High frequency trading is a form of automated trading that employs:
Algorithms for decision-making, order initiation, generation, routing, or execution, for each individual transaction without human direction;
Low-latency technology that is designed to minimize response times, including proximity and co-location services;
High speed connections to markets for order entry; and
High message rates (orders, quotes, or cancellations)
The wording is fairly neutral and to paraphrase the CFTC, emphasizes a mechanical description of activity.3 Casual conversations have downplayed its import, noting that there is no accompanying policy statement. This attitude is short-sighted.
The CFTC document notes specifically that the language is meant to have “a recognized legal interpretation” (emphasis in original document). The writers are looking forward to legally enforceable policies based on the definition. The CFTC goes on to note the definition’s importance in providing a basis for analysis by groups to include oversight and surveillance.4
The wording is to be used in context with the identification of abusive practices that should be prohibited; yet more policy in the works. There is implicit recognition that the first three points of the definition apply to virtually any broker in today’s environment by emphasizing that all four points must apply. This focuses policy attention on message rates, similar to discussions in Europe. Finally, the CFTC notes that a more narrow definition of HFT may lead to regulatory arbitrage, perhaps the clearest signal that the HFT badge is meant to silo the participants from a legal perspective.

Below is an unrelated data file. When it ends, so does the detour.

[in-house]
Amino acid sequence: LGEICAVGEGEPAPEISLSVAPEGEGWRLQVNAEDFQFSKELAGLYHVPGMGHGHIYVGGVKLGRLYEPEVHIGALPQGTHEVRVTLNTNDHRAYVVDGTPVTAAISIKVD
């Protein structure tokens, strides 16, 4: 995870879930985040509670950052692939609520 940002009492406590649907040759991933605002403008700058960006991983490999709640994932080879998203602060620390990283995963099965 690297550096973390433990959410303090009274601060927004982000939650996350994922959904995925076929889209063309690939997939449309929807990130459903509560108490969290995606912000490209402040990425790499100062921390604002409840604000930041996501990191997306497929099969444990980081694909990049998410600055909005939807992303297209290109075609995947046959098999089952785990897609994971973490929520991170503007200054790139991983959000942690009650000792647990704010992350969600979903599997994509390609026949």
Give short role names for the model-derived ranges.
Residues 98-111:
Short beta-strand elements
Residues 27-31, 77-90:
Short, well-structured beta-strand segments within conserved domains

For a participant, badges are targets. From a policy perspective, badges are constantly changing color and shape; worse, some participants wear more than one, often unofficially from the legal point of view. ITG’s recent discussion of the NYSE RLP initiative illustrates a new departure of exchange operations into areas (and policies) normally thought to be behind the badge labeled ‘broker.’ 5